Oso, Washington, is a very small town (at least, it used to be). Until now, most people had never heard of it—it doesn’t even show up on Mapquest.com. Suddenly, in the time it took for a mountain to tumble down to the valley below, everyone worldwide seems to have heard about Oso.
I knew of it because we built our family cabin at Lake Cavanagh, which is at the end of the gravel, potholed Oso Road. Now half the town is under a mountain of dirt, rock and mud.
When it first hit the news, I thought it was just a standard mudslide like the ones we regularly see around here when the rains come down extra hard in the winter. Because of all the logging that Washington State is famous for, washouts are now commonplace. Logging slash left behind from years of clear cutting clogs up in the creek beds and blows out the culverts in a dramatic race to the bottom, taking out everything in its path and choking the salmon spawning streams below. But these slides are usually limited by the size of the creek where they originated.
It wasn’t until I saw aerial photos of the enormity of this washout that it became clear something strange and new had happened in the town of Oso. This was no surface water run-off, but though timber companies will probably never admit it, you can bet your bottom dollar that this will also ultimately prove to be the result of clear-cut logging in years past. Trees grew tall and wide in this neck of the woods, before the initial assault on old growth cedars around the turn of the 20th century. Many of the forests in Washington have been logged off several times by now. The aerial photos reveal smaller, even-aged trees on the slope above the washout. I learned from having a 300′ deep well drilled in western Washington, that, despite the sometime steady rain, there is really no aquifer to speak of. And no real rocks in these foothills either. Water finds its way through cracks and fissures in the claylike soil that passes for rock.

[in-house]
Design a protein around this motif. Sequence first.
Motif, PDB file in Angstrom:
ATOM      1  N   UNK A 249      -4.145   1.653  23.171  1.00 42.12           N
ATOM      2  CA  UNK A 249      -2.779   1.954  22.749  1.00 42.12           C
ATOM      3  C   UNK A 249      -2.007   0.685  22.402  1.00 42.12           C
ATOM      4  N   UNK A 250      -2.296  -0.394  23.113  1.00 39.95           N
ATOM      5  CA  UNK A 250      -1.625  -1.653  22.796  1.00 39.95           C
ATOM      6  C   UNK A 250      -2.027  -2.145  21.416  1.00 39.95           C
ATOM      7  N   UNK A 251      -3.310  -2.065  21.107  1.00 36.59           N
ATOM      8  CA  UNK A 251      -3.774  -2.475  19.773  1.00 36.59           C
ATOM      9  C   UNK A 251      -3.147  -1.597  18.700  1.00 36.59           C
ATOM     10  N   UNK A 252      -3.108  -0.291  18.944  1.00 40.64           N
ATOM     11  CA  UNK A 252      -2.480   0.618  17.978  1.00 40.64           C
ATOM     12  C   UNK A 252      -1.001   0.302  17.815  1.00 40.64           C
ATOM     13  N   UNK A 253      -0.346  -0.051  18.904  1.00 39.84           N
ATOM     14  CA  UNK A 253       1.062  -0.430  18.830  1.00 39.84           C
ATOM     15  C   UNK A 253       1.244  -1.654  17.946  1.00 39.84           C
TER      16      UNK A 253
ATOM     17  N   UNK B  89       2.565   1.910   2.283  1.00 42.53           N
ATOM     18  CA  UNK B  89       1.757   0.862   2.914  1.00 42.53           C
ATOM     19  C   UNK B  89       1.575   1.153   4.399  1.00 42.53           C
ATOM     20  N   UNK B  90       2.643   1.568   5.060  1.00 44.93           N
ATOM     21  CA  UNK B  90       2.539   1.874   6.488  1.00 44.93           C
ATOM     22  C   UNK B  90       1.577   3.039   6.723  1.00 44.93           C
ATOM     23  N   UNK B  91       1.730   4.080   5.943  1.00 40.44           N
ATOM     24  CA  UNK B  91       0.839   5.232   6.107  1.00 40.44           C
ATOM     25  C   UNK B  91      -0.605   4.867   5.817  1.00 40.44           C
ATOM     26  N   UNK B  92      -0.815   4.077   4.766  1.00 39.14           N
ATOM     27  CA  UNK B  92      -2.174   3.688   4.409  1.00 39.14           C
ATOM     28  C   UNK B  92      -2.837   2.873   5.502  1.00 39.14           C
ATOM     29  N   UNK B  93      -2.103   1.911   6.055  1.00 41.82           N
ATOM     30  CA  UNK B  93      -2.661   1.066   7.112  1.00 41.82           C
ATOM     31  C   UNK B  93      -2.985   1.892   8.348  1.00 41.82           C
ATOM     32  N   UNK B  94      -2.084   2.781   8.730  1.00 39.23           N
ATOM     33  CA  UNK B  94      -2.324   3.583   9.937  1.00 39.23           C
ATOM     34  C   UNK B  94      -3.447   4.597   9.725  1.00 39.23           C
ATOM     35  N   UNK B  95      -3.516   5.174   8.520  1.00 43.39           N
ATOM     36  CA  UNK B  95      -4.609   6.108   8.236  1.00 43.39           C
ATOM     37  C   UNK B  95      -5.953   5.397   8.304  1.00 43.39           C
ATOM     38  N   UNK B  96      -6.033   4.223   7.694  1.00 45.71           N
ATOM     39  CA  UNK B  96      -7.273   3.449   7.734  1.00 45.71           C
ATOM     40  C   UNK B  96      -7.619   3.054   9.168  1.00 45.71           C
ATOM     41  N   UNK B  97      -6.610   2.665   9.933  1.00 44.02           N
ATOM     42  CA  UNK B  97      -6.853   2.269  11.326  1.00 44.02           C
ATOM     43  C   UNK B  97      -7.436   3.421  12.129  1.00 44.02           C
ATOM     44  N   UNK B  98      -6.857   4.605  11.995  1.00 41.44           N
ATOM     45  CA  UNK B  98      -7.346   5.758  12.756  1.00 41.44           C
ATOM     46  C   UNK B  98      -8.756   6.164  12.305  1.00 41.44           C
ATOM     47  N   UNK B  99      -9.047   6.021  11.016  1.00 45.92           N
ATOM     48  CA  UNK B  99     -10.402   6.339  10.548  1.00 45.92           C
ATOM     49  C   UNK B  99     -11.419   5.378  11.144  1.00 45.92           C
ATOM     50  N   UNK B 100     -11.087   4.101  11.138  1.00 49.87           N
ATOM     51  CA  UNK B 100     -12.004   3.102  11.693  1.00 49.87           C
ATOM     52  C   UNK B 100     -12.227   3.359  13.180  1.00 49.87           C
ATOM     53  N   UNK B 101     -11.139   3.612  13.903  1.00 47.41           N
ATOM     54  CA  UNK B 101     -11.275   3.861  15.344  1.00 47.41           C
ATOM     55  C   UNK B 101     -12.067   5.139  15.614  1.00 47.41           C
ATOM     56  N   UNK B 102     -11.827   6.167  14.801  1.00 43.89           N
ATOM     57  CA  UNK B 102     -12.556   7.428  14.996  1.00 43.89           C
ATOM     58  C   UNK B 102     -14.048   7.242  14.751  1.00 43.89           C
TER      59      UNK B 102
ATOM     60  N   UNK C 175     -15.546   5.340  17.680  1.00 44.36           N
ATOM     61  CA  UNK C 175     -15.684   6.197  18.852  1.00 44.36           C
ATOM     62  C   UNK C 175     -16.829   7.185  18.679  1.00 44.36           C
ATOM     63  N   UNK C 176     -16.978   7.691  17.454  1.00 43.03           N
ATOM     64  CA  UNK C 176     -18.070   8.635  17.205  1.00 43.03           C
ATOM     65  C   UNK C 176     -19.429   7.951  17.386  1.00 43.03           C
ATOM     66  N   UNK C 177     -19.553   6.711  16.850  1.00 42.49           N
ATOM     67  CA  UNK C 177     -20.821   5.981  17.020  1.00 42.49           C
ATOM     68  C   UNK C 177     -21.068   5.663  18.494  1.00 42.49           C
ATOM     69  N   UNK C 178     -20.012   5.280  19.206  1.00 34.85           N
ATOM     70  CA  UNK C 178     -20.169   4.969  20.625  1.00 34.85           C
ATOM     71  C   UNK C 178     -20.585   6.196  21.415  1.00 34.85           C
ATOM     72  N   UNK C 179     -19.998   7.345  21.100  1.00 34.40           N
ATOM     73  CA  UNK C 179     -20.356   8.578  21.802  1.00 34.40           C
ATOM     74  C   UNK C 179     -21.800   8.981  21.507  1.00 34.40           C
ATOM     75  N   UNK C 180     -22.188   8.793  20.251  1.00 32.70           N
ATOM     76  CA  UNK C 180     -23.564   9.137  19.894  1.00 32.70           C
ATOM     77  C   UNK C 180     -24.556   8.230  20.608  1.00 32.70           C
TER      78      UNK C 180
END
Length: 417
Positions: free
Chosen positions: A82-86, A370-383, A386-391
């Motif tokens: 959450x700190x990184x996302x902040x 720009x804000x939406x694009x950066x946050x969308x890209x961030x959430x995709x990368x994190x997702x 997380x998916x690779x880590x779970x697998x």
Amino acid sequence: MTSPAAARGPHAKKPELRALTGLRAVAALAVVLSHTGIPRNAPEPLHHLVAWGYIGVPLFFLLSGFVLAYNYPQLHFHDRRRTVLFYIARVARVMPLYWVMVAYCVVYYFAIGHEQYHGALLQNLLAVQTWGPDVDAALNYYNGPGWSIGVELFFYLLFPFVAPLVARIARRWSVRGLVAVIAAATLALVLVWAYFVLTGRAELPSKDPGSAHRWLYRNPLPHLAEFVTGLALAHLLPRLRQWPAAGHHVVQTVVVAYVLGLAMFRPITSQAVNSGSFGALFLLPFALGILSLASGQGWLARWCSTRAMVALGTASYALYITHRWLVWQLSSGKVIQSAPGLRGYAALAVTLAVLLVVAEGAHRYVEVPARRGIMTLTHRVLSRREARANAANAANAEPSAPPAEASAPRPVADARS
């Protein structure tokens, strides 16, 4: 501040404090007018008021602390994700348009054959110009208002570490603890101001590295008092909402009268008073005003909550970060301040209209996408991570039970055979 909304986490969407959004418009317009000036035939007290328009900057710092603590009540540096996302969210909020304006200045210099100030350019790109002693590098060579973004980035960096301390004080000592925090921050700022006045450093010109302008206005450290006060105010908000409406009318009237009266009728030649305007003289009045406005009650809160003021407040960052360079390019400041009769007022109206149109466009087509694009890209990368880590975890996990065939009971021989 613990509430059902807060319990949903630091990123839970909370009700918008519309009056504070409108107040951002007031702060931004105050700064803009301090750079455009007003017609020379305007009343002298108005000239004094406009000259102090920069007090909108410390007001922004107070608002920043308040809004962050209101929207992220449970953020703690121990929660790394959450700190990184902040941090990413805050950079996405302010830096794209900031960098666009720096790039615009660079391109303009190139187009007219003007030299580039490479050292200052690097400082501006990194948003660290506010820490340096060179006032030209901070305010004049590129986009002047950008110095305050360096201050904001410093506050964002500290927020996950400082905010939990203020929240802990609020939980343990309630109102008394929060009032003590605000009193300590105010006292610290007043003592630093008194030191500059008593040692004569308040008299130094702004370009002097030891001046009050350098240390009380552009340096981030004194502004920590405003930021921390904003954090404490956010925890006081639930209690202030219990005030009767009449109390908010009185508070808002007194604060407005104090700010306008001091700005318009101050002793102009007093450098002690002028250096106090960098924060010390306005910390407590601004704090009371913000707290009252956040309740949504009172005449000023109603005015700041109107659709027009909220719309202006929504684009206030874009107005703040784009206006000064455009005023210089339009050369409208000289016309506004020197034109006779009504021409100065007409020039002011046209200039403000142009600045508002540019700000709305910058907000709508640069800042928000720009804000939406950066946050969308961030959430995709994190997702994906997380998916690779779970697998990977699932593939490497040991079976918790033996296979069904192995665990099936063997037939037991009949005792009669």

While old growth trees are vast reservoirs for rainwater, younger, smaller trees only hold so much. Although this winter has been a comparably dry one, heavy rains in late February and March have made up for it. In a sure sign of climate change, the northwest has been seeing more downpours measured in the inches per hour, rather than per day. Excess water can fill the cracks and fissures to overflow, forcing the cracks to expand and sometimes, as we saw in Oso, break away large chunks of earth.
For now all we do is hope for the people who were trapped, entombed, in their uprooted houses. Hope that they died quickly, that is. President Obama stated today that we should “pray” for the victims. Pray for what? Their souls, that they made it to heaven? If anyone is trapped under the mud this long, they’ve surely run out of oxygen by now.
Also in today’s news, a train derailment resulted, surprisingly, in no deaths. It was a “miracle,” the media announced. So my question to the media is, where are God’s miracles in the case of the Oso mudslide? All of this reminds me of those haunting lines in Gordon Lightfoot’s song, “The Wreck of the Edmund Fitzgerald,” asking, “Does anyone know where the love of God goes, when the waves turn the minutes to hours?”
If you think you know why any loving god would save a train full of people, while letting others suffer under the weight of a mountain, more power to you. Personally, I still haven’t figured it out.